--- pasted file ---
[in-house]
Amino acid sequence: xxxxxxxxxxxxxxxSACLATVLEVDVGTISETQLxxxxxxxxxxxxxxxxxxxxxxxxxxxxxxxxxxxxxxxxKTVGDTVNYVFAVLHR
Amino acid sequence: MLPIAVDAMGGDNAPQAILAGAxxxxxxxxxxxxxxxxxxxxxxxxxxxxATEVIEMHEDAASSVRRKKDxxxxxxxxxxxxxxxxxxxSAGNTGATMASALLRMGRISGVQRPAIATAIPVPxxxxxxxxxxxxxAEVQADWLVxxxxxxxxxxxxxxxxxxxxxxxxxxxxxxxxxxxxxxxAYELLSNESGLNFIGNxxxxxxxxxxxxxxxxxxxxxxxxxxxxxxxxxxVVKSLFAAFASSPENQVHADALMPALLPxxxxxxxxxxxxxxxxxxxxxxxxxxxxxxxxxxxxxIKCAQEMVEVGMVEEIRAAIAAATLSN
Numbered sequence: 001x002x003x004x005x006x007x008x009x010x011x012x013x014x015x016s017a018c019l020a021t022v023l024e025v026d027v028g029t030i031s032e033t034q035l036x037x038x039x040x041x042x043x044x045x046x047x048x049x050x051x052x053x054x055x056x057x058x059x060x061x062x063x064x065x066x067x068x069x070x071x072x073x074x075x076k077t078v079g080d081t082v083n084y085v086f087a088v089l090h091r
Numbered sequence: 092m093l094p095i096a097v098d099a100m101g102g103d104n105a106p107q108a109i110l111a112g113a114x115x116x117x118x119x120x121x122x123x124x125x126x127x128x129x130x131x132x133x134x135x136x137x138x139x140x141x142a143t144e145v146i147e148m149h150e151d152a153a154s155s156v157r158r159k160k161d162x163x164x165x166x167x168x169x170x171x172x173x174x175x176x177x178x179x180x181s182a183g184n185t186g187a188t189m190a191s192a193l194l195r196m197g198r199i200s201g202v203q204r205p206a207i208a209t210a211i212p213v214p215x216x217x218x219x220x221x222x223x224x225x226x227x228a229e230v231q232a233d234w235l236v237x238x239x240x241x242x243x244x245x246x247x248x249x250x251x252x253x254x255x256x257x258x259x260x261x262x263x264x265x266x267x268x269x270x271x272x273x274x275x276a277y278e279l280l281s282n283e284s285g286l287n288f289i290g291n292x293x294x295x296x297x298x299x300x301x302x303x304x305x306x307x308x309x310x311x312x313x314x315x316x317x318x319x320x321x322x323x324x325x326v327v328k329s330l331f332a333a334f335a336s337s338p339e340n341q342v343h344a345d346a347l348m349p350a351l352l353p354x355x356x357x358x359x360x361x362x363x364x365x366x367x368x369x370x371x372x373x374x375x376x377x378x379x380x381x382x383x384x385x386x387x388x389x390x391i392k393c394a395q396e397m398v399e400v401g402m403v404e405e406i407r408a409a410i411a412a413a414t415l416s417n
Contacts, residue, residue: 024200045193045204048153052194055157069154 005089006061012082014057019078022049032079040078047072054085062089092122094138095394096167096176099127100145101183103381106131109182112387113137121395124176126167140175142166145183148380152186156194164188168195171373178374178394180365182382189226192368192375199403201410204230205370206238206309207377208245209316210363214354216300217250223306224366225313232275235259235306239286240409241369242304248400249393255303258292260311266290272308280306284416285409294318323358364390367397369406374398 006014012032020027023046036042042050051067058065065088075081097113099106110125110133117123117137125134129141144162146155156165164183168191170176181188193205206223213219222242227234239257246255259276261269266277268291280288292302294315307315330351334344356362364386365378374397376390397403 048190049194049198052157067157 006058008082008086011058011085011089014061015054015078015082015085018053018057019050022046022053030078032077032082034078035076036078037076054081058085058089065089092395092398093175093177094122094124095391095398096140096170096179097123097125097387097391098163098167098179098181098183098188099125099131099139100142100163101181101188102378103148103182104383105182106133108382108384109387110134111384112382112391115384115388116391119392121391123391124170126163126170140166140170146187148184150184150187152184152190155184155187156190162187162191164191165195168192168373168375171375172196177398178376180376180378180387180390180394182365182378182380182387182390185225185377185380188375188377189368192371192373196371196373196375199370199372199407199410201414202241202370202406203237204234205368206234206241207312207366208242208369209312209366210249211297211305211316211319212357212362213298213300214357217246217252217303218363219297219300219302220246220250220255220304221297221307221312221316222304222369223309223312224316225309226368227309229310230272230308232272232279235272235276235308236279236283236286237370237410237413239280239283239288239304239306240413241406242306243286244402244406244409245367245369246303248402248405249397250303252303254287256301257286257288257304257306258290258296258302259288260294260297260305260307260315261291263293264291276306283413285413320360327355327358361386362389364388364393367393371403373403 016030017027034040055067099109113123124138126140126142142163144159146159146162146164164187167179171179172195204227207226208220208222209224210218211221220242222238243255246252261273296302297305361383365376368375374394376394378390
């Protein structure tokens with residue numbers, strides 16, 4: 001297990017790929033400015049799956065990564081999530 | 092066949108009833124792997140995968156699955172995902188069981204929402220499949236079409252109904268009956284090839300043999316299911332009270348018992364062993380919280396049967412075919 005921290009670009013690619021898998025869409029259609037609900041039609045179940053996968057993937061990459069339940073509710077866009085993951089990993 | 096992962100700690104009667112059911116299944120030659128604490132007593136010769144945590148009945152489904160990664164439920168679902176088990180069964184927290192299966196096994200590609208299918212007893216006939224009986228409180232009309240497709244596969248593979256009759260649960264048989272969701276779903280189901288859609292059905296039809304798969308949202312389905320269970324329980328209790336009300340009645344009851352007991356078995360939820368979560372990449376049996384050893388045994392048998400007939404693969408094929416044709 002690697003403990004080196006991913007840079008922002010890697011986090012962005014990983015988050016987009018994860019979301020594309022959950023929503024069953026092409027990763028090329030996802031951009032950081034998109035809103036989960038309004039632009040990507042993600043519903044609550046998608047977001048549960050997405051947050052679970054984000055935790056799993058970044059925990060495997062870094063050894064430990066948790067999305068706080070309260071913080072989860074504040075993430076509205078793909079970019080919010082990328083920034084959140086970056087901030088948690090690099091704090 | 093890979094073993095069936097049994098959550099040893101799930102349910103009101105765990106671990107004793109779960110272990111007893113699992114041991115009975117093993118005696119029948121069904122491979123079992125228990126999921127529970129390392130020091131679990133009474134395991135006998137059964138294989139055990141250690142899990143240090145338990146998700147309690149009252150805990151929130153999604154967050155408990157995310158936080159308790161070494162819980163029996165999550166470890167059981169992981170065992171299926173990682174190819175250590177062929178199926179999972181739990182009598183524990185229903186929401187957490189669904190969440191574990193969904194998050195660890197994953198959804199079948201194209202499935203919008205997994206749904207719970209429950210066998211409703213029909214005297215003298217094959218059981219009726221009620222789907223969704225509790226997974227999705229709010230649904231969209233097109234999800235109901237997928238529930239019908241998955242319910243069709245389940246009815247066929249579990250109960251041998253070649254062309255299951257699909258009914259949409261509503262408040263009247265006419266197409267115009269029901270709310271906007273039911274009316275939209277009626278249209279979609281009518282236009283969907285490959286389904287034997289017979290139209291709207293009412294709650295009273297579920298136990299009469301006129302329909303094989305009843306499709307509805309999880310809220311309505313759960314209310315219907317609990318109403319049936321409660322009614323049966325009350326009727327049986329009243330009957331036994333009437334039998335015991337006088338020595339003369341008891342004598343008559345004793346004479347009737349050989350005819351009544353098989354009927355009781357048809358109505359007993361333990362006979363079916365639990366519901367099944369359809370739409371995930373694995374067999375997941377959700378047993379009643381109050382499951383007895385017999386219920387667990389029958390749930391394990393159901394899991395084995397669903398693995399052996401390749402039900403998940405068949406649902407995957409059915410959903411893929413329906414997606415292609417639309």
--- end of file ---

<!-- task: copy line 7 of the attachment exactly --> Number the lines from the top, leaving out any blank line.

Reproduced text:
């Protein structure tokens with residue numbers, strides 16, 4: 001297990017790929033400015049799956065990564081999530 | 092066949108009833124792997140995968156699955172995902188069981204929402220499949236079409252109904268009956284090839300043999316299911332009270348018992364062993380919280396049967412075919 005921290009670009013690619021898998025869409029259609037609900041039609045179940053996968057993937061990459069339940073509710077866009085993951089990993 | 096992962100700690104009667112059911116299944120030659128604490132007593136010769144945590148009945152489904160990664164439920168679902176088990180069964184927290192299966196096994200590609208299918212007893216006939224009986228409180232009309240497709244596969248593979256009759260649960264048989272969701276779903280189901288859609292059905296039809304798969308949202312389905320269970324329980328209790336009300340009645344009851352007991356078995360939820368979560372990449376049996384050893388045994392048998400007939404693969408094929416044709 002690697003403990004080196006991913007840079008922002010890697011986090012962005014990983015988050016987009018994860019979301020594309022959950023929503024069953026092409027990763028090329030996802031951009032950081034998109035809103036989960038309004039632009040990507042993600043519903044609550046998608047977001048549960050997405051947050052679970054984000055935790056799993058970044059925990060495997062870094063050894064430990066948790067999305068706080070309260071913080072989860074504040075993430076509205078793909079970019080919010082990328083920034084959140086970056087901030088948690090690099091704090 | 093890979094073993095069936097049994098959550099040893101799930102349910103009101105765990106671990107004793109779960110272990111007893113699992114041991115009975117093993118005696119029948121069904122491979123079992125228990126999921127529970129390392130020091131679990133009474134395991135006998137059964138294989139055990141250690142899990143240090145338990146998700147309690149009252150805990151929130153999604154967050155408990157995310158936080159308790161070494162819980163029996165999550166470890167059981169992981170065992171299926173990682174190819175250590177062929178199926179999972181739990182009598183524990185229903186929401187957490189669904190969440191574990193969904194998050195660890197994953198959804199079948201194209202499935203919008205997994206749904207719970209429950210066998211409703213029909214005297215003298217094959218059981219009726221009620222789907223969704225509790226997974227999705229709010230649904231969209233097109234999800235109901237997928238529930239019908241998955242319910243069709245389940246009815247066929249579990250109960251041998253070649254062309255299951257699909258009914259949409261509503262408040263009247265006419266197409267115009269029901270709310271906007273039911274009316275939209277009626278249209279979609281009518282236009283969907285490959286389904287034997289017979290139209291709207293009412294709650295009273297579920298136990299009469301006129302329909303094989305009843306499709307509805309999880310809220311309505313759960314209310315219907317609990318109403319049936321409660322009614323049966325009350326009727327049986329009243330009957331036994333009437334039998335015991337006088338020595339003369341008891342004598343008559345004793346004479347009737349050989350005819351009544353098989354009927355009781357048809358109505359007993361333990362006979363079916365639990366519901367099944369359809370739409371995930373694995374067999375997941377959700378047993379009643381109050382499951383007895385017999386219920387667990389029958390749930391394990393159901394899991395084995397669903398693995399052996401390749402039900403998940405068949406649902407995957409059915410959903411893929413329906414997606415292609417639309």